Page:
The many freedoms the Pakistani press and media enjoy today are a result of years of vibrant activism and struggle by journalists and civil society. The state (and all its various manifestations) unable to have direct control (of privately owned media) because of decent media laws, now employs subversive tactics to keep things under control.
There is intimidation of reporters, denial of access to areas of conflict, friendly meetings with editors, financial controls (through advertising) and readiness of journalists to internalise the security state. As a result of this, the Pakistani media is loud and brave but at the same time meek and mumbling. The state, with the exception of some hiccups here and there, is more or less in control of the situation and all is well.
However, the internet is proving to be a difficult beast to control. After all how many internet users do you threaten, pay to shut up or say something you want said, or kidnap and kill? It is just simply a nightmare to control. On one end the state liberalised telecommunications to encourage more users, not only succeeding in this goal but also ensuring it was lucrative for them to do so, and on the other it has rapidly expanded its surveillance and censorship apparatus. The absence of any legislation on privacy rights, cyber crime, industry regulation, consumer protection etc gives state bodies a lot of room to operate in the shadows and create ad-hoc systems of control.
This is dangerous, made even more insidious by the state’s use of religion and obscenity as excuses to shut down or restrict content online. In September, it will be a year into YouTube’s ban. A ban that apart from being pointless is also against the basic right to information given to us by our constitution as well as being against our fundamental rights as citizens of the world. The YouTube ban is as much about blasphemy as banning Baloch Hal is about safeguarding national security; it is simply about controlling what citizens can and can not see. It is censorship.
The infrastructure used to block content online does not distinguish between porn, blasphemy and freedom of expression. The tools used to block porn or obscene content are also used to censor content from Balochistan, Gilgit Baltistan and minority groups. We move from one ban to the next in the legal black hole that the state chooses to operate in. The lack of laws suits the state as it allows them to operate in the shadows and not be held accountable.
In a recent court-ordered meeting, the director general, planning and strategy of the Pakistan Telecommunication Authority (PTA) very casually admitted to activists present that Pakistan has been using NetSweeper. This is the first time there has been an official acknowledgement of the use of a notorious surveillance and censorship software. The alarming casualness of the admittance brings home the attitude of the state toward censoring and controlling content online. It also shows how uninformed they are about the nature of the beast.
The academic origins of the internet have given it its collaborative, open, free and democratic values that are supported by its architecture that is distributed, a ‘network of networks’ with no clear control. Granted there has been an alarming push in the recent past by state/security and commercial entities toward greater control and regulation but activists around the world are putting up a tough fight. If there are tools being created to control, censor and surveil it, there are more tools available to safeguard against them. The state may be sneaky but citizens are, finally, always a step ahead.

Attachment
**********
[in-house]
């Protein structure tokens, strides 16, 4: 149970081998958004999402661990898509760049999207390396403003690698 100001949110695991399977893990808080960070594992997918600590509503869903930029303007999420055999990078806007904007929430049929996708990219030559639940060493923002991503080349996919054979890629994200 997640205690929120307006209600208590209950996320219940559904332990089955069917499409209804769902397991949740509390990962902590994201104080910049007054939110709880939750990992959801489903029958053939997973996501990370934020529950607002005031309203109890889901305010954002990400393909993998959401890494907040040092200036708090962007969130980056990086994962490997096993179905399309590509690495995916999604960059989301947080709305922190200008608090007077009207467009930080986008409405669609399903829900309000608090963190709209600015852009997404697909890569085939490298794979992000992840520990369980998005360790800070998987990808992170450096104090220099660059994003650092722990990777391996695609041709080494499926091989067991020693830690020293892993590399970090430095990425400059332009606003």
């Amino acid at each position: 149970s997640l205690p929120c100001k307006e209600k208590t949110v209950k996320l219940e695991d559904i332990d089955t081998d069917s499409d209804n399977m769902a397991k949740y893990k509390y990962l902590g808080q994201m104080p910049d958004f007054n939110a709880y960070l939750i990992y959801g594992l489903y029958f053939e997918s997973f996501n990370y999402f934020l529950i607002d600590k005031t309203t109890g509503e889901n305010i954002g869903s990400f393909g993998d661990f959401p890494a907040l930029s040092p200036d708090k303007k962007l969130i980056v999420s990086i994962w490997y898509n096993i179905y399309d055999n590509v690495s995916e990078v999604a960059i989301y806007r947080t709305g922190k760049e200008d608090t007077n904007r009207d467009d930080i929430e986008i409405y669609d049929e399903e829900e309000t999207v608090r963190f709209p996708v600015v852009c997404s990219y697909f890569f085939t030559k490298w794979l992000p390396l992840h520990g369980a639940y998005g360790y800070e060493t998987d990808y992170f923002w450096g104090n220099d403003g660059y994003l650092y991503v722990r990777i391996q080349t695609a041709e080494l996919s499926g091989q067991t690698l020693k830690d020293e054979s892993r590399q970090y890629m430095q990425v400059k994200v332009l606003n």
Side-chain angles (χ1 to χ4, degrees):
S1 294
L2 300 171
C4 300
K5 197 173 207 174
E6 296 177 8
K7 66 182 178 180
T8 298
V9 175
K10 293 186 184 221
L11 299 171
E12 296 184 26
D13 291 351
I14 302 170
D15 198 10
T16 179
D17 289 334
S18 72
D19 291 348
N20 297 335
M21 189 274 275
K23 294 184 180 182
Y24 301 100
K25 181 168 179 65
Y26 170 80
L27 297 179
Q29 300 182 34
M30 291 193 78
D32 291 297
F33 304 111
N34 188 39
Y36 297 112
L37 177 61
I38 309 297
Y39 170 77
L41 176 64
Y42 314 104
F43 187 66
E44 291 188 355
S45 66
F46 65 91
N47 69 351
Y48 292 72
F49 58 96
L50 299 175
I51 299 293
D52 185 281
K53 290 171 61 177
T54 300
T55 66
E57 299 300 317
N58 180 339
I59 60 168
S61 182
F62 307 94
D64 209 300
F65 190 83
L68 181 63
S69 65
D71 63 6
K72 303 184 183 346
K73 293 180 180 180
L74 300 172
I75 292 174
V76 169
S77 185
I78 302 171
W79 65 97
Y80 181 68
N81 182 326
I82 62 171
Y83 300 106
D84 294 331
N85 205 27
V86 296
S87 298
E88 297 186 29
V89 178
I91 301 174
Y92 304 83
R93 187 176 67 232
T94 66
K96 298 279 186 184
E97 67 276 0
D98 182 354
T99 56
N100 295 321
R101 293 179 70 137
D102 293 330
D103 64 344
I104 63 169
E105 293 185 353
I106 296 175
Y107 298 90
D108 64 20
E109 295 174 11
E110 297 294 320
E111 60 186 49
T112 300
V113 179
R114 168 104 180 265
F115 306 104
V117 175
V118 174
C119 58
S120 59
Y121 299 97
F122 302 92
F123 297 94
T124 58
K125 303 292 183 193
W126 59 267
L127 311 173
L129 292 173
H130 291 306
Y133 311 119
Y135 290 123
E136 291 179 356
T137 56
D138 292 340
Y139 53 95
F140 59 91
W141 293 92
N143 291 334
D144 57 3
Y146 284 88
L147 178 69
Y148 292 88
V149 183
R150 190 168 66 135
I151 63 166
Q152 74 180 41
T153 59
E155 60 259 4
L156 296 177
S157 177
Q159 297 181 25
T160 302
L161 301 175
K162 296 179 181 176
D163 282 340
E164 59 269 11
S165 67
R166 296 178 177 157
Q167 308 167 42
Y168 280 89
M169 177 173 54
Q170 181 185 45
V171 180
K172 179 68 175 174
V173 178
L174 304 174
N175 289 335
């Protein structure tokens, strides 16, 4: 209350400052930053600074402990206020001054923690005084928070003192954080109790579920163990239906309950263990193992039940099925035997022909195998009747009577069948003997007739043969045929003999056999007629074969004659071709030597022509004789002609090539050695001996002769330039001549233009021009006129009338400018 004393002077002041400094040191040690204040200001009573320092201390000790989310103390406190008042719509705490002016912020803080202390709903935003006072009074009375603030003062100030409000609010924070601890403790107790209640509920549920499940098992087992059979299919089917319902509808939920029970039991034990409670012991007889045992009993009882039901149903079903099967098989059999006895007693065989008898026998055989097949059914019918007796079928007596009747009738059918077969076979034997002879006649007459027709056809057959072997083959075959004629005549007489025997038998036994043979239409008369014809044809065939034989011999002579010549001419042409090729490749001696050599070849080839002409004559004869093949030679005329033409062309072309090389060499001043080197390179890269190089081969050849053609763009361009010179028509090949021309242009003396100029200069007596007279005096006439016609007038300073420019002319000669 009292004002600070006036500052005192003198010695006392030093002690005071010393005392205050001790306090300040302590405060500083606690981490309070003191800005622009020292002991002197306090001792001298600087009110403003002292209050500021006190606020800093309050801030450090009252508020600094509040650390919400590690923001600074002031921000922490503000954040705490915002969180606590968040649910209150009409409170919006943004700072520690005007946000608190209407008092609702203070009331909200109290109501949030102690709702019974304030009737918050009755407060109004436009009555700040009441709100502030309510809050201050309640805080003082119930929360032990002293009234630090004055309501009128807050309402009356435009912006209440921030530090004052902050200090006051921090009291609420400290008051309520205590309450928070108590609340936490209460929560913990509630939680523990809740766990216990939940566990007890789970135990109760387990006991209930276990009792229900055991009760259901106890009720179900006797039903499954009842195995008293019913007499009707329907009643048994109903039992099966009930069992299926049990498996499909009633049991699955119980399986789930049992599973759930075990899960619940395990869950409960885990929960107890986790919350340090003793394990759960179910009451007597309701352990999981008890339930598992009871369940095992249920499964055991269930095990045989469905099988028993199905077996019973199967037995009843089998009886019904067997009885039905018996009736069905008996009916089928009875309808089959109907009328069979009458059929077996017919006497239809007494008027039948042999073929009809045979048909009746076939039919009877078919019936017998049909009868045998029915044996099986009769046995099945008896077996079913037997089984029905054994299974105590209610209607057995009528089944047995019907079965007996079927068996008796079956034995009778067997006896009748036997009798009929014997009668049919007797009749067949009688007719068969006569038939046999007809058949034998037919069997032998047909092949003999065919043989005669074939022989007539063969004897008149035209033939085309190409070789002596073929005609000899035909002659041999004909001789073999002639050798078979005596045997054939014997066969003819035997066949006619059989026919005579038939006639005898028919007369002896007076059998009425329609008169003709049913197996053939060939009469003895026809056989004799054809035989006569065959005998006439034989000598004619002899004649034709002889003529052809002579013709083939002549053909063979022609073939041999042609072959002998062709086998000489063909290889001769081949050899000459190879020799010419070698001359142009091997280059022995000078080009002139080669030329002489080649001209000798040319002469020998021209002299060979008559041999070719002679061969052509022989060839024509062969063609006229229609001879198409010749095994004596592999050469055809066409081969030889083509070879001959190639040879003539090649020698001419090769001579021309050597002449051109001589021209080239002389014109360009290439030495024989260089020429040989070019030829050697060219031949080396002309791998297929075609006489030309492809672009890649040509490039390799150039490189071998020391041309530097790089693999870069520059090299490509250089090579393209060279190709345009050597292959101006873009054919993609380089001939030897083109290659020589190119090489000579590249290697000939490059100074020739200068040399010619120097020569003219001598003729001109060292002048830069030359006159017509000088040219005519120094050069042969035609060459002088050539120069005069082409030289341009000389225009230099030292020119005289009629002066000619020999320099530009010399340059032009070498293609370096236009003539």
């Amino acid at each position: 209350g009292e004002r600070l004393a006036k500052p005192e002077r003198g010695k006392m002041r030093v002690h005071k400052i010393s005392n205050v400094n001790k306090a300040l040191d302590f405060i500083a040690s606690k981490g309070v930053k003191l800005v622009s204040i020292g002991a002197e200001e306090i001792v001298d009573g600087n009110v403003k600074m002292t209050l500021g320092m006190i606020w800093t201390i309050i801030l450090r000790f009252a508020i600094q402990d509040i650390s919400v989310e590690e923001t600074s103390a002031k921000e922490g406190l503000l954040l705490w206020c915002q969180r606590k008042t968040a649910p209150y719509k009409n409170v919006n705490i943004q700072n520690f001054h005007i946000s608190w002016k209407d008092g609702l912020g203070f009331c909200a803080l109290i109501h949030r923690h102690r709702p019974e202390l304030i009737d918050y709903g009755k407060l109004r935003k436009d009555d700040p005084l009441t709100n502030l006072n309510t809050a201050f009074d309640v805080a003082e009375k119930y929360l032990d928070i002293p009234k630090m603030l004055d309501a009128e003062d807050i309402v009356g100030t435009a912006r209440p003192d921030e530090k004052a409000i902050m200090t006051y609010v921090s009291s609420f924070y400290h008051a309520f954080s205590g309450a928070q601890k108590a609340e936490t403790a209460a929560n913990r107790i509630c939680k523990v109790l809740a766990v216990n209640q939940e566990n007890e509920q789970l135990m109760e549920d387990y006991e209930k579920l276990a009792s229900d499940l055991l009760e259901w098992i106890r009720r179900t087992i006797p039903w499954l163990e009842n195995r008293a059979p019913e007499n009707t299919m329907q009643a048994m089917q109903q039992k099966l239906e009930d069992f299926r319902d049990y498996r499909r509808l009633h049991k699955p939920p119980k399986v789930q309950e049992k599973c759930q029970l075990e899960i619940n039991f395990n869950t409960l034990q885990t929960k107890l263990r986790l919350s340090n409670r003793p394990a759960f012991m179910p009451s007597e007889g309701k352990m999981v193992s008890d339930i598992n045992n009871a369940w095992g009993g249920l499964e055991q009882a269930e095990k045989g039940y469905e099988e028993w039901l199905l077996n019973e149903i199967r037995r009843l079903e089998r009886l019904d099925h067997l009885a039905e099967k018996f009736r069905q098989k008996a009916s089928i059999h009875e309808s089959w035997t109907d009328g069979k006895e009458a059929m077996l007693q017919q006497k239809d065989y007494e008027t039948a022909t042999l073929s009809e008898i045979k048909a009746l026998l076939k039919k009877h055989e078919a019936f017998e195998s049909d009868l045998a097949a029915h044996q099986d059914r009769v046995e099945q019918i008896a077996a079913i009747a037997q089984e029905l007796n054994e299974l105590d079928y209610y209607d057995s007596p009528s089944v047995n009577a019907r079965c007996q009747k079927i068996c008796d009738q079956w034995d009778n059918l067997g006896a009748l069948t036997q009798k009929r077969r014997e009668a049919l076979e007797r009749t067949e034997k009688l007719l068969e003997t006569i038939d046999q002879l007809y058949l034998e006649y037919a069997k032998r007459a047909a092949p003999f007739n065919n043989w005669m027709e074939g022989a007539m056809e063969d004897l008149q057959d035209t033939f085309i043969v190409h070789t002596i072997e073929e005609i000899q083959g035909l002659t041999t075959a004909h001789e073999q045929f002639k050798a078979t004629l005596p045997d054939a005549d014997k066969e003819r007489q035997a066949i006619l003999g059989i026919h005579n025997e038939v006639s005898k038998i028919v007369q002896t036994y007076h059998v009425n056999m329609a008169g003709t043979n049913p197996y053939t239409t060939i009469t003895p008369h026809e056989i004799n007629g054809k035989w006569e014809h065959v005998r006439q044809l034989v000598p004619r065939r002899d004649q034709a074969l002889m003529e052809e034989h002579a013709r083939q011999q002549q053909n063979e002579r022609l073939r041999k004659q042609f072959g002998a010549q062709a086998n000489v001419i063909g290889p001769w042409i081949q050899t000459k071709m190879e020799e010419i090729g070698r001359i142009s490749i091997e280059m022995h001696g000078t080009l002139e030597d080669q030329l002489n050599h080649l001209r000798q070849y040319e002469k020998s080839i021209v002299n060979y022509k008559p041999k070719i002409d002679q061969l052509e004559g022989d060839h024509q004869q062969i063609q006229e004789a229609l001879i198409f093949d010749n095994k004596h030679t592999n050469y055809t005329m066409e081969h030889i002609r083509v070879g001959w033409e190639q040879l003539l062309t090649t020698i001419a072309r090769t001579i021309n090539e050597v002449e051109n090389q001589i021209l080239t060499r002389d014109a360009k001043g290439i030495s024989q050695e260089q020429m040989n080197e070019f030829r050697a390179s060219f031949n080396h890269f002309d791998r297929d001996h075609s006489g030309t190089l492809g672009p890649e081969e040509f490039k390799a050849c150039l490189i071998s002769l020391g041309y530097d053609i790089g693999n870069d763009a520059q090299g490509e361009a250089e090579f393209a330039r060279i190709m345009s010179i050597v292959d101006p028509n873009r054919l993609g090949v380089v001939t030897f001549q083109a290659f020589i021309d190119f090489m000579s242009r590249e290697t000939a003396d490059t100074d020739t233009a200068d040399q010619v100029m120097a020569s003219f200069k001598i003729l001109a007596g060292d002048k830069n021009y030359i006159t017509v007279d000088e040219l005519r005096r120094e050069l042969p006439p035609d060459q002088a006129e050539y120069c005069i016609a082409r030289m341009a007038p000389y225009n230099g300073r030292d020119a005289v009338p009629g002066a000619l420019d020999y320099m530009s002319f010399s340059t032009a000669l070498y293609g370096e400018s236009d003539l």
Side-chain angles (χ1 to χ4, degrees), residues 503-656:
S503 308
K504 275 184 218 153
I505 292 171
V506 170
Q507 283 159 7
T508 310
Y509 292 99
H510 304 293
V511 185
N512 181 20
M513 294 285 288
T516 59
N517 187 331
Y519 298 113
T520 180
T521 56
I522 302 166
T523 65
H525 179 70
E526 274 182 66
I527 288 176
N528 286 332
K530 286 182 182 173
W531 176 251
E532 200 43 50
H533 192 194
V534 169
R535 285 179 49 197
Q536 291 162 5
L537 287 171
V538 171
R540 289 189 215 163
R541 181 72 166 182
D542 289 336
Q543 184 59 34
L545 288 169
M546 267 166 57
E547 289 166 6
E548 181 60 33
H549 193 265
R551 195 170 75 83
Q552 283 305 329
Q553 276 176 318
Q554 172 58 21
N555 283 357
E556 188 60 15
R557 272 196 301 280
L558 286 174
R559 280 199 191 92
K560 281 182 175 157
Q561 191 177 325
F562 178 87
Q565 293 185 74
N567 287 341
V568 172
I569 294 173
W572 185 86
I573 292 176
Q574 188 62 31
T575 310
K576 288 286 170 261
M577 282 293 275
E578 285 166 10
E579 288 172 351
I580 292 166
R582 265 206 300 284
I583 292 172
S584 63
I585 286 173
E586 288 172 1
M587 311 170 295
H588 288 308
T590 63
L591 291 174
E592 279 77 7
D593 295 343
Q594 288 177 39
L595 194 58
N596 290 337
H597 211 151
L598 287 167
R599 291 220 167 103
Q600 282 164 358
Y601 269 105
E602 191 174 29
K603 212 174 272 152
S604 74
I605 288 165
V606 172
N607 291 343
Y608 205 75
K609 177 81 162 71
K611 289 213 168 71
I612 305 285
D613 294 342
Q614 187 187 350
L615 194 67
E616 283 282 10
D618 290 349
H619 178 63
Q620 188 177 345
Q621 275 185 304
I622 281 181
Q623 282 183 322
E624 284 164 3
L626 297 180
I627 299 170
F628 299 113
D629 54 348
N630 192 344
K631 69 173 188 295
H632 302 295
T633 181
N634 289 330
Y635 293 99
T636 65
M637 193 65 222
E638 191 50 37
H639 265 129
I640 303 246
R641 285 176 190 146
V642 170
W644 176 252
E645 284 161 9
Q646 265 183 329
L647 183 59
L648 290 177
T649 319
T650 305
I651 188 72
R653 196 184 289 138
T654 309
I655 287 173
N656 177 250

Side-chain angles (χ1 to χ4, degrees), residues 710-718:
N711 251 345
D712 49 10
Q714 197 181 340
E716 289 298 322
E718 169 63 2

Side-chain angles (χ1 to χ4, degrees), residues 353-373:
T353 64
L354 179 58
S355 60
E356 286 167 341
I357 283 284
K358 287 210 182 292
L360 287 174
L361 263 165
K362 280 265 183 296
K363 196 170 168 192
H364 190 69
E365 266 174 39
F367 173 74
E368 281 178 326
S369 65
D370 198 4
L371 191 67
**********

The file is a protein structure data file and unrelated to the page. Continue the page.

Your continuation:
This year activists also identified command servers of notorious surveillance spyware, FinFisher on a network operated by the Pakistan Telecommunication Company Limited (PTCL). Whether the Pakistani state is using this to spy on those it deems fit to spy on or simply facilitating another country to use its servers to spy on their citizens is unclear. Despite appeals by local and international activists, there has been silence from the state’s end on the issue.
In stark contrast, the state’s response to recent findings that Pakistan was the second most spied on country by the US has been telling. In the span of a month, Senator Mushahid Hussain Syed, chairman of the Senate Committee on Defence and Defence Production called a number of meetings with Pakistan Information Security Association, run by a former FIA official, and is now ready to table a bill on cyber security. Laws are welcome, but before we legislate to safeguard ourselves from spying by other countries, perhaps we should first ensure basic privacy rights for our citizens.
It is time for the Pakistani state to realise that not only is blocking and using tools like NetSweeper or FinFisher simply against democratic norms, they also infringe on our rights and importantly, can be countered or worked around. The newly elected parliamentarians should take the opportunity to discuss these dangerous purchases and antidemocratic actions by PTA and ensure that citizens’ rights to privacy and access are being protected.
There should also be a move toward equipping our lawmakers and those who implement the law (judiciary, law enforcers, bureaucrats etc) with the necessary information needed to understand how the internet works and learn best practices to govern it. This is urgently needed to not only ensure democratic values but to also be able to uphold our international agreements regarding humanitarian covenants and business.
The writer is Project Director CEJ Media Ethics at PeaceNiche. She tweets @rahmamian